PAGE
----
Spodumene

Spodumene is an ore of Lithium which was important throughout most of the 20th century, but its use has been superseded by other sources of Lithium.

High grade, clearer pieces are used as a gemstone, with a few distinct varieties – pink and purple Kunzite, green Hiddenite, and yellow Triphane. Kunzite and Hiddenite are the two most popular.

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Appearance, Uses and History

Spodumene is used as an ore of Lithium, although in modern times has been replaced with other, more effective sources of Lithium. It is sometimes still used when the demand for Lithium becomes too high.

Given the current reliance on Lithium batteries, it is likely the demand for Spodumene will rise – electric cars, mobile phones, tablets – they all have Lithium based batteries and research into new technology will use huge amounts of various metals.

Lithium is also used in ceramics, medicines, and as a flux.

One of its uses is for gemstone jewellery making. However, Spodumene has perfect cleavage, which makes it less than ideal for jewellery – they cannot take much damage and may break easily.

Spodumene can form extremely large crystals; they can be 3-4 feet wide and 30 feet long, or even larger!


Locales

Spodumene is found in a few different locations, including Afghanistan, Brazil, Madagascar, Mozambique, Pakistan, and the USA.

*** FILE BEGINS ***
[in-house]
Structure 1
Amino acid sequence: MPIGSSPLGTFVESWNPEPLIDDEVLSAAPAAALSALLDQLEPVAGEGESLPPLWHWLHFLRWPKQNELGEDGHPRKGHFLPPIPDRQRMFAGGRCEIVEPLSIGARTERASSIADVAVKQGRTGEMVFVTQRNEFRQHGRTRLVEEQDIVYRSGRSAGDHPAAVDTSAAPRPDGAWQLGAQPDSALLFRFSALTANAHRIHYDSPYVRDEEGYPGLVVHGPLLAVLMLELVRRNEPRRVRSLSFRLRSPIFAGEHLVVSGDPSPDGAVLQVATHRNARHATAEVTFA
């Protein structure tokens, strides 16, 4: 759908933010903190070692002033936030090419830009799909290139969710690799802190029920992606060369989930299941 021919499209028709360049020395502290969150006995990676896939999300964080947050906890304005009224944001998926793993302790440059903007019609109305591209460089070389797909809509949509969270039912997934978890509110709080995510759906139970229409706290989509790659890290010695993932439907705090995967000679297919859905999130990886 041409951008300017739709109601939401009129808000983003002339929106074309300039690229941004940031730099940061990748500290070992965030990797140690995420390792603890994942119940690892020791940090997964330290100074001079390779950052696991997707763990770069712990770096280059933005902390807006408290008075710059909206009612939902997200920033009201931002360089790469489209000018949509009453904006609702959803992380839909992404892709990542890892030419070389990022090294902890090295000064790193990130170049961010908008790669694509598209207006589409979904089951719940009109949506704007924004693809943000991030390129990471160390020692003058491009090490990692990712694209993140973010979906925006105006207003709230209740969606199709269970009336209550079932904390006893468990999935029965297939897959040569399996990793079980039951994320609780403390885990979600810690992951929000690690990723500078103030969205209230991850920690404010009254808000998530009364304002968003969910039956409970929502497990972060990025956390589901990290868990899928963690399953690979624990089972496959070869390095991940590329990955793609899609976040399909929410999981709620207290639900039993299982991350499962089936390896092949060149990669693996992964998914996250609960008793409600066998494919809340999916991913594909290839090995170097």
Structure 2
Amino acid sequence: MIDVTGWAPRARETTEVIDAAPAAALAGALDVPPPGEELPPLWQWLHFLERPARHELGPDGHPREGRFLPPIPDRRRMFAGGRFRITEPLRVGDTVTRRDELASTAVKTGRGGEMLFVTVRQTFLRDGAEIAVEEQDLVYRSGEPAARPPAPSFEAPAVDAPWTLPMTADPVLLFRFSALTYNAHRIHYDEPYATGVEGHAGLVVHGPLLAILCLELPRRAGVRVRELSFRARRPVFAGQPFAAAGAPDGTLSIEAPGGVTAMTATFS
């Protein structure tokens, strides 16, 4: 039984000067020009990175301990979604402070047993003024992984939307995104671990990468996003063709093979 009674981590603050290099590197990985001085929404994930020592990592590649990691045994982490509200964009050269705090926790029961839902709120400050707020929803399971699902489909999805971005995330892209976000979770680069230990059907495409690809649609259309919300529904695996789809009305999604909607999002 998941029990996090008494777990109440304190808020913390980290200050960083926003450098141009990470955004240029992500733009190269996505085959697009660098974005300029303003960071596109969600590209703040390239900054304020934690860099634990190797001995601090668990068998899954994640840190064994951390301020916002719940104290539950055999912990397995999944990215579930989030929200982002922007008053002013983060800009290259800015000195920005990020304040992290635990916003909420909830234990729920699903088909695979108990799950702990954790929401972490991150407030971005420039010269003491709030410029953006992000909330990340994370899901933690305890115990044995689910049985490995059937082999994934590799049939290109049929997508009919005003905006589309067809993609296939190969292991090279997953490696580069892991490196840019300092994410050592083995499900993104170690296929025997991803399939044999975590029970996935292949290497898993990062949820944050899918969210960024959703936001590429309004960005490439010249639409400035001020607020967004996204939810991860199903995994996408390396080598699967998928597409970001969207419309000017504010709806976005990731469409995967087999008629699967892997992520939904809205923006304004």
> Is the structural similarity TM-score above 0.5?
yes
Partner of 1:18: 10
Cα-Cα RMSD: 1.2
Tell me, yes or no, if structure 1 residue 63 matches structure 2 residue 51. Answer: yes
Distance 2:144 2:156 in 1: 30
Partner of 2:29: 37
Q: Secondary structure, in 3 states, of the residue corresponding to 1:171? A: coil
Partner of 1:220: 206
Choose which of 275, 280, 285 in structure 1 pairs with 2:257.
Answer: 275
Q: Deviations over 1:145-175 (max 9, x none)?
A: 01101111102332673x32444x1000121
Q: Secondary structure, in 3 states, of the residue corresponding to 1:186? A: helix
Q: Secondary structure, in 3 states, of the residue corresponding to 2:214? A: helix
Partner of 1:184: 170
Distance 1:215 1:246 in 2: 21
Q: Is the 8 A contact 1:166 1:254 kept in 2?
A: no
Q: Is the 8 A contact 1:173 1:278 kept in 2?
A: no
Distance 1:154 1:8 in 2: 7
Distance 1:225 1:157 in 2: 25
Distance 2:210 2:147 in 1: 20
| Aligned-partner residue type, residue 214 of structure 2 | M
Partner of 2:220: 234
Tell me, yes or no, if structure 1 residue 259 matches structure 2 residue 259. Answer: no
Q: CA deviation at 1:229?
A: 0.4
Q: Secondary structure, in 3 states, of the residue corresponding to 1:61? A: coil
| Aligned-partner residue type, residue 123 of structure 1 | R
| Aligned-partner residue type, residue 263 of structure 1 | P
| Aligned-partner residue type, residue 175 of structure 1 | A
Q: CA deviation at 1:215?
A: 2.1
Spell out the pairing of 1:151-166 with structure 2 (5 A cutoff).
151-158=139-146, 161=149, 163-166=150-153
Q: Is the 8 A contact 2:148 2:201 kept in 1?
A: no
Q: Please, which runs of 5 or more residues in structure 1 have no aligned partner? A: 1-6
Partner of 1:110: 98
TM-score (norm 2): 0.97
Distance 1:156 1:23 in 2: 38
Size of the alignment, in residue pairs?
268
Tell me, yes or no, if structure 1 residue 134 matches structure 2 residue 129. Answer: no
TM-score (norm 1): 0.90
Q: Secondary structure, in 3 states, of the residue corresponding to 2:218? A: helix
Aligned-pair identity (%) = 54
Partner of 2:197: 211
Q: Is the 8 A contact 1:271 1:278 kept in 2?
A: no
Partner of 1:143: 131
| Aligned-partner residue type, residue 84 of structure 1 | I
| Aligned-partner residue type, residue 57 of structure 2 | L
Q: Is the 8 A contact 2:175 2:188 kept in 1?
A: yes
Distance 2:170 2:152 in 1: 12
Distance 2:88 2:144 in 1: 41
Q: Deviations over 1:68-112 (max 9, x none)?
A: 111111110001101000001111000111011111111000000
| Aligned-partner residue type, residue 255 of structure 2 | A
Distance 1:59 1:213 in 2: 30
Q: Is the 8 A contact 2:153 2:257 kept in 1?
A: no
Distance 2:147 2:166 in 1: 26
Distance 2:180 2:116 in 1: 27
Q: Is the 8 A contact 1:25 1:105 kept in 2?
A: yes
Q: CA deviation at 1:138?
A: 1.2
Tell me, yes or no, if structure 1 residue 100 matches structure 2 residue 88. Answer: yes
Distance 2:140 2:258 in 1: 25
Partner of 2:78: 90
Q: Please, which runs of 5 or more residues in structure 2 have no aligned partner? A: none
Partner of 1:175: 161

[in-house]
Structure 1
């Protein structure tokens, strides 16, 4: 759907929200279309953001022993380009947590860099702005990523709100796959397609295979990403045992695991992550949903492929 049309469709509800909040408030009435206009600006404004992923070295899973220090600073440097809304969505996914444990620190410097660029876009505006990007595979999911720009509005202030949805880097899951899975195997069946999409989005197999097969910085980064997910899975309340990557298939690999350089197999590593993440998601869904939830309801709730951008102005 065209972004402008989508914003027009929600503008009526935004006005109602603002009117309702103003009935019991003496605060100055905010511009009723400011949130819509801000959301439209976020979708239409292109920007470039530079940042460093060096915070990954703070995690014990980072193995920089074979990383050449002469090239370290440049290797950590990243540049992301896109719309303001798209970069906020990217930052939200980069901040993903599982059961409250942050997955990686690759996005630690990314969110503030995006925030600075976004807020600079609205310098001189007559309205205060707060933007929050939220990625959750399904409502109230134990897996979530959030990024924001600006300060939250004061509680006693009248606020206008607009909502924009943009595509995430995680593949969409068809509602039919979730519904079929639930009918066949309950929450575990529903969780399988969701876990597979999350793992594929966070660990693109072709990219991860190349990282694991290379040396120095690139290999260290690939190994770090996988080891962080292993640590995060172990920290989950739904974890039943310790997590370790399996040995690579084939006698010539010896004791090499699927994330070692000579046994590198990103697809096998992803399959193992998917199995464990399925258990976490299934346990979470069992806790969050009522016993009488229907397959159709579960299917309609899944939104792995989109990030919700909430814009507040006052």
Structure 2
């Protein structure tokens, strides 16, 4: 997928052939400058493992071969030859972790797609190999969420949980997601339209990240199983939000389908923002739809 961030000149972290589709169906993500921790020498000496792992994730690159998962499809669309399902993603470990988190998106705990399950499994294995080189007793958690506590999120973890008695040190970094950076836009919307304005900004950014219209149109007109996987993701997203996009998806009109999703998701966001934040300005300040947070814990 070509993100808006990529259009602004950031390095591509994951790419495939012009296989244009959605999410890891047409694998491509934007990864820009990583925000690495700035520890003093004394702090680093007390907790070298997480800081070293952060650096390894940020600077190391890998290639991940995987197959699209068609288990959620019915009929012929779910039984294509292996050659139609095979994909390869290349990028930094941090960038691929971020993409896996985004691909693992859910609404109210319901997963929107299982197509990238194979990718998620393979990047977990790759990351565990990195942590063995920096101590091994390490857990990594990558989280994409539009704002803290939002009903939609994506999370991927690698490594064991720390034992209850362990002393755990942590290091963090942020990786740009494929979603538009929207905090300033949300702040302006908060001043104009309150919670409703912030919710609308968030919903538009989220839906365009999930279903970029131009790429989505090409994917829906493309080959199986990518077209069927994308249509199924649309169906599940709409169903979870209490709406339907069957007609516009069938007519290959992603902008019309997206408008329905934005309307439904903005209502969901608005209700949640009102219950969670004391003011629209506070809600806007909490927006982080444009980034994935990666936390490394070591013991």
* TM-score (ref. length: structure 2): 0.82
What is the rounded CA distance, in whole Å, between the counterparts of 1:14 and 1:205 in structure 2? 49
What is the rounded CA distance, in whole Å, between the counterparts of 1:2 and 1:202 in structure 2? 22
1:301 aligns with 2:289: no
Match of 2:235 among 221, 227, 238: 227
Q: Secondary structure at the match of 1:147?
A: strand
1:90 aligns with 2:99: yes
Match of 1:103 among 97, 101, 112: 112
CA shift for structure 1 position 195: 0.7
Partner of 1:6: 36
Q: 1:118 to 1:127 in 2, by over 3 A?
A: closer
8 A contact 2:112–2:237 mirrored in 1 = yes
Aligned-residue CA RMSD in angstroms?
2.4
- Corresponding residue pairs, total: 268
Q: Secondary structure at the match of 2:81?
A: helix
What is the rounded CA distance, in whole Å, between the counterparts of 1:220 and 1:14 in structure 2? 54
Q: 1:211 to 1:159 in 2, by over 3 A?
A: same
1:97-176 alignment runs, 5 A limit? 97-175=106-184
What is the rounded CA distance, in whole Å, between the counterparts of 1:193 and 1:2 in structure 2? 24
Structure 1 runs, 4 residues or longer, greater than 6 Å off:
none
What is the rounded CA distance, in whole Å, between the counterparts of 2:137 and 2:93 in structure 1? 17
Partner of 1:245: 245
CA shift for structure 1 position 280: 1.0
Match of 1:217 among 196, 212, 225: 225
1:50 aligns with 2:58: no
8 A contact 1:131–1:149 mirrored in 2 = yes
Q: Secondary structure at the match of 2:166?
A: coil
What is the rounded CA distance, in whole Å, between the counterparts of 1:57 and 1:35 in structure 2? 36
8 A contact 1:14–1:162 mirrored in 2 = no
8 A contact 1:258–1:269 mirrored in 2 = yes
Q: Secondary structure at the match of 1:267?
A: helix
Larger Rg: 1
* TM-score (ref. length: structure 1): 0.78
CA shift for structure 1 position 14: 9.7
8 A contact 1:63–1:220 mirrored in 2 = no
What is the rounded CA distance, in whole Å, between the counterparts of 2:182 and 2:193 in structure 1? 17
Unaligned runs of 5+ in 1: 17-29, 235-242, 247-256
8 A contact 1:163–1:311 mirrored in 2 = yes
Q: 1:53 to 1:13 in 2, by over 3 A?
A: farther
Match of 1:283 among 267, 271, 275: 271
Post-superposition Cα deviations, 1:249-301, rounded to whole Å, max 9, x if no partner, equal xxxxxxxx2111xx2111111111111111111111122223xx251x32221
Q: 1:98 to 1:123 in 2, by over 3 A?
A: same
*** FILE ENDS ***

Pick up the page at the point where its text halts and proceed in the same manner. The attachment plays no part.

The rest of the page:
Mineralogy

Chemistry
A Lithium aluminium silicate, with the chemical formula LiAlSi2O6.
Colours and Variations
A wide range of colours, including bicoloured pieces. Can be white, colourless, grey, pink, violet, purple, yellow, green, lilac. It is often pleochroic.
Varieties include:

  • Hiddenite: a pale to emerald green variety, used as a gemstone.
  • Kunzite: a light purple variety, used as a gemstone.
  • Triphane: a yellow variety, sometimes used as a gemstone, but less often than Hiddenite/Kunzite.
Streak
White
Luster
Vitreous, silky
Fracture
Uneven, splintery
Transparency
Transparent to opaque
Crystal habit
Flat prismatic crystals, tabular, bladed, and massive. Crystals often have striations.
Mohs hardness
6.5 – 7.0
Specific Gravity
3.1 – 3.2
Fluorescence
Kunzite may be fluorescent.
Easiest testing method
Common Treatments
Sometimes heat treated to enhance the colours or remove brown tones.

Photos of Spodumene

Spodumene-gem7-78b
Spodumene-vlt-27a
Spodumène (Pakistan)

Triphane 2
Spodumen,4 Madagaskar

Photos of Hiddenite

Hiddenite sur gangue (Afghanistan) - 95 mm - 1
Hiddenite 8
Hiddénite, cleavelandite, quartz

Spodumene-57223
Hiddenite, quartz fumé
Hiddénite, cleavelandite, quartz 2

Photos of Kunzite

Kunzite (Afghanistan) 1
Kunzite (Afghanistan)
Spodumene-152468

Spodumene-50008
Spodumene-pala44a
Spodumene var. kunzite sur quartz (Brésil)

Hazards and Warnings

Almost all rocks, minerals (and, frankly, almost all other substances on earth) can produce toxic dust when cutting, which can cause serious respiratory conditions including silicosis.

When cutting or polishing rocks, minerals, shells, etc, all work should be done wet to minimise the dust, and a suitable respirator or extraction system should be used.


Translations

Arabic:

  • سبودومين
  • كونزيت

Hindi:

Portuguese:

  • espodumeno

Bengali:

Indonesian:

Punjabi:

English:

  • spodumene
  • kunzite
  • hiddenite
  • triphane

Italian:

Russian:

  • сподуменовая

French:

  • spodumène

Japanese:

  • スポジュメン
  • クンツァイト

Spanish:

  • kunzita

German:

  • Spodumen
  • Kunzit

Korean:

  • 스포 듀민
  • 쿤 자이 트

Thai:

  • ต่างๆเช่นสปอดูมีน

Gujurati:

  • કુંઝાઇટ

Mandarin and Traditional Chinese:

  • 锂辉石
  • 鋰輝石

Urdu:

  • کنزائٹ

Further Reading / External Links